George Pell Withdraws Bail Application, Will Spend Tonight Behind Bars

It will be the first time during the long legal process that has found him guilty of historic sex abuse charges that Pell has been behind bars.

Cardinal George Pell has been sentenced after being found guilty of child sex abuse

Yesterday a suppression order on the press was lifted, and for the first time, it could be widely reported that Cardinal George Pell, Australia’s most senior Catholic and the third most powerful man in the Vatican, was found guilty of historic sex abuse charges last December.

Warning: this article discusses sexual and child abuse.

Pell’s charges include five counts of unlawful sexual behaviour with a minor, each one carrying a maximum of ten years of jail time, as The Guardian reports. The incident dates back 22 years and involves a coerced sexual act against two choirboys following a ceremony at St. Patrick’s Cathedral in Melbourne.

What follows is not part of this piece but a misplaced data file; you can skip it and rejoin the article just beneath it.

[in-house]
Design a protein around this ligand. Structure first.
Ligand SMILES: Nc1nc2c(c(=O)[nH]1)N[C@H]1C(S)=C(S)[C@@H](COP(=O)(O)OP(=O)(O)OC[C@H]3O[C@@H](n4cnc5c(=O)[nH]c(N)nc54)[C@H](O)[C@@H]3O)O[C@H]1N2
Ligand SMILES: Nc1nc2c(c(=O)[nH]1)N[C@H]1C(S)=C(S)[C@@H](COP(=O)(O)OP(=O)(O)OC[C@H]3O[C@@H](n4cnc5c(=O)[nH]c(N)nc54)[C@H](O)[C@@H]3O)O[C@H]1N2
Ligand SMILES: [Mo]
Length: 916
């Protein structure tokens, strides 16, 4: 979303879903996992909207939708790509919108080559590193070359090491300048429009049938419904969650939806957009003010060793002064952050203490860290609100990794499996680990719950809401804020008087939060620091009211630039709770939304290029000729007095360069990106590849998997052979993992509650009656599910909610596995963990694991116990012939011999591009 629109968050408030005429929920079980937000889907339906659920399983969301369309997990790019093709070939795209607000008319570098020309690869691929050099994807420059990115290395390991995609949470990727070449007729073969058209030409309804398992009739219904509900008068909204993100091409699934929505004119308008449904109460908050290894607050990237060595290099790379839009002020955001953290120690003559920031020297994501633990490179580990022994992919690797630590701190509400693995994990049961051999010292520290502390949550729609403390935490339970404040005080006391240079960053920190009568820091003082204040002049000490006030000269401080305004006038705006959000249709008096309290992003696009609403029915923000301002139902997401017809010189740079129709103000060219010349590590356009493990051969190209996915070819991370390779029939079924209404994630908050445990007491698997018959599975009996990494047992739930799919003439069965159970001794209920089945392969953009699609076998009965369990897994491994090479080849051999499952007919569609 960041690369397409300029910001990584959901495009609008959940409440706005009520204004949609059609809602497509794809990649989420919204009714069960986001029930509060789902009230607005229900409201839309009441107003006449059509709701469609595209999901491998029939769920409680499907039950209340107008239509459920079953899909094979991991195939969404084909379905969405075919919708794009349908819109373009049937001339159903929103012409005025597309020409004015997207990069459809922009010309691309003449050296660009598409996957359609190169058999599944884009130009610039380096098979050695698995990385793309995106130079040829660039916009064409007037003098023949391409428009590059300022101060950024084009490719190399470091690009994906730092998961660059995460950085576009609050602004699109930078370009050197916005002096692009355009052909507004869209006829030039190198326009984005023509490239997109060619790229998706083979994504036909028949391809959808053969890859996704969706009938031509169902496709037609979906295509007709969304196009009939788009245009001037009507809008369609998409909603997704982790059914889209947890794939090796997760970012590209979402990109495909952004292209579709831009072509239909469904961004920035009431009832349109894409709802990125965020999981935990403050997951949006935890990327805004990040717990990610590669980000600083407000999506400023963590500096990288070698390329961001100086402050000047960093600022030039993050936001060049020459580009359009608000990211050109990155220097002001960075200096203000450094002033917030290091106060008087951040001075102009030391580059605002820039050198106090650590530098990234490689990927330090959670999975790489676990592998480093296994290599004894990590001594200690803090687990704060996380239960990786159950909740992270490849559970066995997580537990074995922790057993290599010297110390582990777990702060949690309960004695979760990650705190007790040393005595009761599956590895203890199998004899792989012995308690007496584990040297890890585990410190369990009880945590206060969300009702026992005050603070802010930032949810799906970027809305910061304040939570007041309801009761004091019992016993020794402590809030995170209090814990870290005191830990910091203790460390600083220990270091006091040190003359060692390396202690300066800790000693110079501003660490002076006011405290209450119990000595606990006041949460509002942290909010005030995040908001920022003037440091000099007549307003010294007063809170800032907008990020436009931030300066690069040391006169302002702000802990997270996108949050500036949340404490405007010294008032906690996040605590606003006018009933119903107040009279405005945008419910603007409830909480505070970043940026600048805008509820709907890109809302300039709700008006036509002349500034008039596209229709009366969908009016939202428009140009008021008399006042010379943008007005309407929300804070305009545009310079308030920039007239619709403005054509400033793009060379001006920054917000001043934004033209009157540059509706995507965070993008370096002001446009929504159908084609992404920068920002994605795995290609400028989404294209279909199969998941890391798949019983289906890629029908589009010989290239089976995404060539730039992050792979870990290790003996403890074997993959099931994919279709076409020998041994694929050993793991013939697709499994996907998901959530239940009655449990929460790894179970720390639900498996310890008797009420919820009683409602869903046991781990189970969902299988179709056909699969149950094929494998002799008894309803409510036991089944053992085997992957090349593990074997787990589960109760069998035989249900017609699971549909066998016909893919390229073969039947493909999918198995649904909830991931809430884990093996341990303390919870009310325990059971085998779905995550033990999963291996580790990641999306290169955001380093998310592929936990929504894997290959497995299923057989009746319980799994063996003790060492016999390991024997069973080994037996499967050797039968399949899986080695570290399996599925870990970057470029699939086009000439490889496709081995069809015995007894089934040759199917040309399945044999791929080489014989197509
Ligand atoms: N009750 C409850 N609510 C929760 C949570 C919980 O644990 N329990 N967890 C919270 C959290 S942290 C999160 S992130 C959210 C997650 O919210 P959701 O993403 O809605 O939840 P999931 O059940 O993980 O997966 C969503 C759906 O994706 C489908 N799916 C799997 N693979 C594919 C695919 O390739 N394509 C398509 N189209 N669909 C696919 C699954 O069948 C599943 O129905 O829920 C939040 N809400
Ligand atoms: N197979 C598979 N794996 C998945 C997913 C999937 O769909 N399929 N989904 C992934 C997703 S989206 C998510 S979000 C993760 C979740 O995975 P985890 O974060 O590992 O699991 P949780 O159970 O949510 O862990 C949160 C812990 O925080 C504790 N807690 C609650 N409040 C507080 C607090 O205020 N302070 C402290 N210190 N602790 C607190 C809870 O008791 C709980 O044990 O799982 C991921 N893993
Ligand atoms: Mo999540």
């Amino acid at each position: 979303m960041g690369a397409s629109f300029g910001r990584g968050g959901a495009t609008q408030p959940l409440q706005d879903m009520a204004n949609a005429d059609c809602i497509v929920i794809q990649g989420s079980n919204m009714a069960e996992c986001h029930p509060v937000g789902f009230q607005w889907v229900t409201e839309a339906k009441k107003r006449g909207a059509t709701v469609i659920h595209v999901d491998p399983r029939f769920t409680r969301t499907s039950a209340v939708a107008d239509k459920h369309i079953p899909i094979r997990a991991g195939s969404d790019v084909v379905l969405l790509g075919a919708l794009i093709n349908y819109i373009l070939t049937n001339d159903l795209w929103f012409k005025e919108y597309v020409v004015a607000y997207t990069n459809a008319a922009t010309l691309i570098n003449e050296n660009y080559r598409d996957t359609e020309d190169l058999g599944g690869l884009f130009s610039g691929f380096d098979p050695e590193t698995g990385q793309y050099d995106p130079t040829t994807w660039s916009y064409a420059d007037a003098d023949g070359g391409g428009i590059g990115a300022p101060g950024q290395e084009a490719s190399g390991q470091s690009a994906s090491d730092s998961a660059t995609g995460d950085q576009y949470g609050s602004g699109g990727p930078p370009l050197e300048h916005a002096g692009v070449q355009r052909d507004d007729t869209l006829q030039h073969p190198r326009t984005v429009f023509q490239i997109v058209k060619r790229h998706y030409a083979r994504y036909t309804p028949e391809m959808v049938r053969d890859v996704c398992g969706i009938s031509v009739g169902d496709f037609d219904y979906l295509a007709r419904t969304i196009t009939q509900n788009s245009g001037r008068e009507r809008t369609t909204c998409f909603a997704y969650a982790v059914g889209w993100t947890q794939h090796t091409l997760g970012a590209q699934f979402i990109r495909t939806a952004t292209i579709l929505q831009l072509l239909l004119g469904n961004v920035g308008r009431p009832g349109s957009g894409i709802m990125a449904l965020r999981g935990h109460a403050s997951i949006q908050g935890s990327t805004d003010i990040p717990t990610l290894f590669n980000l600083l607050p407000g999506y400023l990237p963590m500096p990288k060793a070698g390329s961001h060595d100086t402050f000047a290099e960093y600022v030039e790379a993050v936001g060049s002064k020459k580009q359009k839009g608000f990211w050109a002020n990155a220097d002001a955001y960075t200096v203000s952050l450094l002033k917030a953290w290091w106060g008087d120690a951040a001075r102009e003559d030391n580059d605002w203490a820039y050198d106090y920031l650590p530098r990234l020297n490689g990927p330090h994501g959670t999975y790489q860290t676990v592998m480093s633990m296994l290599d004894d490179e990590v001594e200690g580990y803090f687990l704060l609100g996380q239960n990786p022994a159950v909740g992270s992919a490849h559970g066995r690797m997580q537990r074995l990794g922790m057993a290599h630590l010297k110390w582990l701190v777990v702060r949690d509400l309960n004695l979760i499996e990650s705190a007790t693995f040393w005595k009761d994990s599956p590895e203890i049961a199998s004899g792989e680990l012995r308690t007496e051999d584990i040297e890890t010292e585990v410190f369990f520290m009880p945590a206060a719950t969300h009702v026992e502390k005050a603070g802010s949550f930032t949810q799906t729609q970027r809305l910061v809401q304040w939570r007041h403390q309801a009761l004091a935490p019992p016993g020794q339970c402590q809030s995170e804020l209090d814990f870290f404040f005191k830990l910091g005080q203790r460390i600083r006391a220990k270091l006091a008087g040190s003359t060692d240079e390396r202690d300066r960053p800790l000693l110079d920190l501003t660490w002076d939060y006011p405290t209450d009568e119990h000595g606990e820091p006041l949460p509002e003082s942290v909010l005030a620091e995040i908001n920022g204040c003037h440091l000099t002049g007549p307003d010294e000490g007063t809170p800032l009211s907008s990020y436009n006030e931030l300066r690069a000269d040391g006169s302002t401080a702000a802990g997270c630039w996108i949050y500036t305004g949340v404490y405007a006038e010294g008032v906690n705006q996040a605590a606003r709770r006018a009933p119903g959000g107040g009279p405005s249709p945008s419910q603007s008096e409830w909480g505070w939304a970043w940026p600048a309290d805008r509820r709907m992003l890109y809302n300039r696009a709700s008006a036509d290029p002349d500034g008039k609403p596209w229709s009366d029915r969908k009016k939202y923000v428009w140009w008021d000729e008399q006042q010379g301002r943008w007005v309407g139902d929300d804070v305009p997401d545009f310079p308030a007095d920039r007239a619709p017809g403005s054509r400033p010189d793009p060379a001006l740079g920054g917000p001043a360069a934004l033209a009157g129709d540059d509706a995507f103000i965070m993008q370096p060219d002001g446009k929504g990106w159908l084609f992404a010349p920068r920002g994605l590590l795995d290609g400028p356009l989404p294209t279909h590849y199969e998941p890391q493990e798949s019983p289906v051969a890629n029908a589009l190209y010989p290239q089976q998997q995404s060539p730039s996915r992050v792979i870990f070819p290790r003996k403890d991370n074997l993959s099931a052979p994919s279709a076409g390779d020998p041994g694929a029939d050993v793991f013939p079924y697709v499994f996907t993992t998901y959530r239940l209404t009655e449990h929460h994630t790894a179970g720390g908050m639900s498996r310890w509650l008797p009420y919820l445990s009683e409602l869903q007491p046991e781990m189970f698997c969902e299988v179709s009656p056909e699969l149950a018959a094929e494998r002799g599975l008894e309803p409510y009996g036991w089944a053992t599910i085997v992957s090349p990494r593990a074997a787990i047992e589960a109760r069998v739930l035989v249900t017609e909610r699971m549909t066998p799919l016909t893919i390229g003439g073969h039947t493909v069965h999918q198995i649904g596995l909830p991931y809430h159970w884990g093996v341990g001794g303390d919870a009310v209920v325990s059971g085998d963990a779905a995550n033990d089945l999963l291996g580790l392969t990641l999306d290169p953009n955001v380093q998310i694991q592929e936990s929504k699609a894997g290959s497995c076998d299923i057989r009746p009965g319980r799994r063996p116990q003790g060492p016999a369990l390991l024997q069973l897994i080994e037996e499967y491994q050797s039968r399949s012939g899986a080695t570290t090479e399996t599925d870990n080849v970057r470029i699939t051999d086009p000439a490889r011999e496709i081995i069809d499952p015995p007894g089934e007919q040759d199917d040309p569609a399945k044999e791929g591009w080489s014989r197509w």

The chief magistrate presiding over the case, Peter Kidd, will hand down a sentence at a later date.

Between now and that time, if the Cardinal had lodged a successful bail application, he could be out free, awaiting the sentencing.

But today Pell’s lawyer, Robert Richter, withdrew a bail application, meaning Pell will tonight spend his first night behind bars.

As the court proceedings ended this afternoon, the Cardinal was taken away by corrections officers.

Earlier today, Richter also described Pell’s crimes as being a “plain vanilla case” of child sex abuse. His argument is that although the crimes involved a violent act — the Cardinal reportedly physically coerced the victims into performing the sexual act — they were not followed up with further threats of violence.

Former Prime Minister John Howard also submitted a character reference for Pell as part of the ongoing trial, one written after Pell’s guilty verdict was handed down.

The Cardinal and his legal team are set to contest the charges against him.

Pell’s surviving victim — the other died of a drug overdose in 2014 — has asked the media for anonymity. “At some point we realise that we trusted someone we should have feared,” the victim said in a statement.

Elsewhere, Pell’s sentencing is being contested by conservative columnists Miranda Devine and Andrew Bolt.